After I got off on the wrong foot with Strieber, though, he did come back and introduce me to highly decorated former US navy cryptologist Matthew Roberts. He was stationed on the aircraft carrier USS Theodore Roosevelt when fighter jets recorded the infamous “Gimbal” and “Go Fast” videos of unexplained objects off the Florida coast during 2015, which went a long way to prompting the Pentagon’s UFO report.
Now retired from the military, Roberts is unmoved by the debunkers. “These things are picked up by multiple sensors that are sometimes from different manufacturers, so to think that they would all be glitching in the same way at the same time would just be impossible – it just doesn’t happen that way.”
Mick West, a science writer and video game programmer turned conspiracy-theory debunker, offers his own, more down-to-earth explanations for the objects: arguing that mundane things – tech glitches, camera glare, balloons and birds – are more likely than aliens.
However, now even the Pentagon has conceded there’s more to UFOs than that. In its nine-page report it states: “Most of the UAP reported probably do represent physical objects given that a majority of UAP were registered across multiple sensors, to include radar, infrared, electro-optical, weapon seekers and visual observation.” In other words, there was something out there and the images were not technical glitches. I ask Roberts about a theory put forward by West that the Gimbal object was glare caused by a nearby aircraft. “All aircraft – nationally, internationally – have to broadcast who they are. If they’re not broadcasting that, that’s very unusual. Mick West, bless his soul, he has never been in the military,” he says.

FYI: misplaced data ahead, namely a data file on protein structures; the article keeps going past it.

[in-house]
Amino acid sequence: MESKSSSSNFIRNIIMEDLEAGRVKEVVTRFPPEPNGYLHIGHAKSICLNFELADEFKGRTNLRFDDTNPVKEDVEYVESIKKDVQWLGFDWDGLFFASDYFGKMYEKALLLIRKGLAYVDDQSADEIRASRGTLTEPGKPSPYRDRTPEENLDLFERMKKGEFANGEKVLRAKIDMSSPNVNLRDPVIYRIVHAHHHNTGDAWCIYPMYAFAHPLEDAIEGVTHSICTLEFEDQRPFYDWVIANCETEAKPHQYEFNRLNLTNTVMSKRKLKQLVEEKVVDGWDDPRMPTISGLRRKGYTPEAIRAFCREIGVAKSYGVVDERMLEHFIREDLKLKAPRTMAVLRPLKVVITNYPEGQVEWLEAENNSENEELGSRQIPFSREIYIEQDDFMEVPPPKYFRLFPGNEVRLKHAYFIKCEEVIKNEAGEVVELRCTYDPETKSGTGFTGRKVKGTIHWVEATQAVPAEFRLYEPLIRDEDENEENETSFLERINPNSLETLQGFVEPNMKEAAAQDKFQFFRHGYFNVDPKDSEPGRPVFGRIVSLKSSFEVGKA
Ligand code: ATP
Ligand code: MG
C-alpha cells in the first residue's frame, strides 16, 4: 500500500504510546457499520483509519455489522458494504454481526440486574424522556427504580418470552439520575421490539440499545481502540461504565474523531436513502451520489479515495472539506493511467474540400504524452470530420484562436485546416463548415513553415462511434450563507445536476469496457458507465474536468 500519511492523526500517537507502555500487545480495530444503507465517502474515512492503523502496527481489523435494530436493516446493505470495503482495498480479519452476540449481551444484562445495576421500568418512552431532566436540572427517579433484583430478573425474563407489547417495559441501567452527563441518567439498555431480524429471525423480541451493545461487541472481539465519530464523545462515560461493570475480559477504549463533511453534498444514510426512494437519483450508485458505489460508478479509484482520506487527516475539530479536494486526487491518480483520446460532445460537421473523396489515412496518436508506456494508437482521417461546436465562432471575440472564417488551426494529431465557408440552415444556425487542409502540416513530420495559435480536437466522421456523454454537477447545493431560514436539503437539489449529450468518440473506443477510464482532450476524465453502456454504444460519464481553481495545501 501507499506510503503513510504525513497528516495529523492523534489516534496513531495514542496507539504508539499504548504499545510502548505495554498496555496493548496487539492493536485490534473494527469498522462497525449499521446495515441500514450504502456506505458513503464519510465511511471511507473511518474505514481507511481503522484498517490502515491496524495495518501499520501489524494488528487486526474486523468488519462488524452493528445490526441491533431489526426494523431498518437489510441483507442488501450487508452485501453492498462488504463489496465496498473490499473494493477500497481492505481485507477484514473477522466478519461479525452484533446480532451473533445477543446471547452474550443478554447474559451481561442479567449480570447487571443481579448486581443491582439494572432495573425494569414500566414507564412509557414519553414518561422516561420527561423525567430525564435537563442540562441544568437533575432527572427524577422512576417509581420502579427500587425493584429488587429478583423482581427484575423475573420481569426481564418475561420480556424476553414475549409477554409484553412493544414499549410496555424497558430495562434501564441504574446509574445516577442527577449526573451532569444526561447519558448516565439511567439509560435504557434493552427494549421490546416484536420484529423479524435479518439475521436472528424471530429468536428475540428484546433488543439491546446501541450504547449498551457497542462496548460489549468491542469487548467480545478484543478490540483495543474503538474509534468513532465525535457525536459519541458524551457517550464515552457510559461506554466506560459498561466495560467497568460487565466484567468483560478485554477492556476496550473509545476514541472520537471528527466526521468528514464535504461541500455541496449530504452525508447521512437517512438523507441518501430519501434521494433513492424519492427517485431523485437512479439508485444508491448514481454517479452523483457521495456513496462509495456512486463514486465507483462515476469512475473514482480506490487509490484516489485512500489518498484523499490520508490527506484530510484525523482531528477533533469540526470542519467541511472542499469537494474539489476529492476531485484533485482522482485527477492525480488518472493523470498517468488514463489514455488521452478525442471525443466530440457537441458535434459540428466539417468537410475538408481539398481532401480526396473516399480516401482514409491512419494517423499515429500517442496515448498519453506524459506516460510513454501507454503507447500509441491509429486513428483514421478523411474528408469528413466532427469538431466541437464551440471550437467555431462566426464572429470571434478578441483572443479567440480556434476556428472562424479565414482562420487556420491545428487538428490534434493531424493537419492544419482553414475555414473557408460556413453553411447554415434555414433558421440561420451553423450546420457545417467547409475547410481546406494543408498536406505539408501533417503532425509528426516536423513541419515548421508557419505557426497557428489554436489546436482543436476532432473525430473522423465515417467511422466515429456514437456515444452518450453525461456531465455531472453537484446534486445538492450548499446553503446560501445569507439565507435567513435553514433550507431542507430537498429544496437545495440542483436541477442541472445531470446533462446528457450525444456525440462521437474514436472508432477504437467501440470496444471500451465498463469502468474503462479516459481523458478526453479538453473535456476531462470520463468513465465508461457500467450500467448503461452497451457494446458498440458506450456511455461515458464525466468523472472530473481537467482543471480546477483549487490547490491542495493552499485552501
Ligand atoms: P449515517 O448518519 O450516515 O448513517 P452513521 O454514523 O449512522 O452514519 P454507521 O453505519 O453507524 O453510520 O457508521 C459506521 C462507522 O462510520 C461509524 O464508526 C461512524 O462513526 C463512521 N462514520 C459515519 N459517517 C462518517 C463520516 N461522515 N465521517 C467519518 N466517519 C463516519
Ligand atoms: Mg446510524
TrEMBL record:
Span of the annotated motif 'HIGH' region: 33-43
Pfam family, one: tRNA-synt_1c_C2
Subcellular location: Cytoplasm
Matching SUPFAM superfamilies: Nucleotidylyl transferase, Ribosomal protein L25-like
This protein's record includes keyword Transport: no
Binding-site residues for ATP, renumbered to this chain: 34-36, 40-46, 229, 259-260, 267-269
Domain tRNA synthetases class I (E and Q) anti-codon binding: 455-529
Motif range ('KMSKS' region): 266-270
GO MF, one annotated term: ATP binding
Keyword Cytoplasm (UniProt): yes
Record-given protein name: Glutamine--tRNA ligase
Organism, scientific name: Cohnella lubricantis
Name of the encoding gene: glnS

Roberts explains that, after the 9/11 terrorist attacks, unidentified air tracks escalate very quickly. “It will go to the captain, it will go to the admiral, and they’ll want to Alien shirt know what that is because the thought would immediately be: ‘Is this a commercial airliner? Has it been hijacked?’ We’re not as incompetent as Mick West would have you believe. If something is unidentified, it absolutely has to be identified immediately.”
Despite the debunkers and proliferation of more mundane explanations for UFOs, reports of close encounters have persisted for decades. Terry Lovelace, a retired assistant attorney general in Vermont, USA, and author of Incident at Devil’s Den, kept his abduction to himself for 40 years due to fear of losing his job. He had a close encounter in 1977 while serving in the US air force.
Lovelace, now 67, was on a camping trip in Devil’s Den national park in northern Arkansas with a friend and colleague named Toby when things got strange. They were sitting around a fire, struggling to chat over the din of buzzing crickets and croaking tree frogs before everything went quiet. “That sounds kind of clichéd – out of a movie – but that is exactly what happened to us,” he says.
Three bright lights appeared on the horizon and moved in their direction. When the lights were overhead, they could see that they were emanating from a black triangular prism as wide as two city blocks.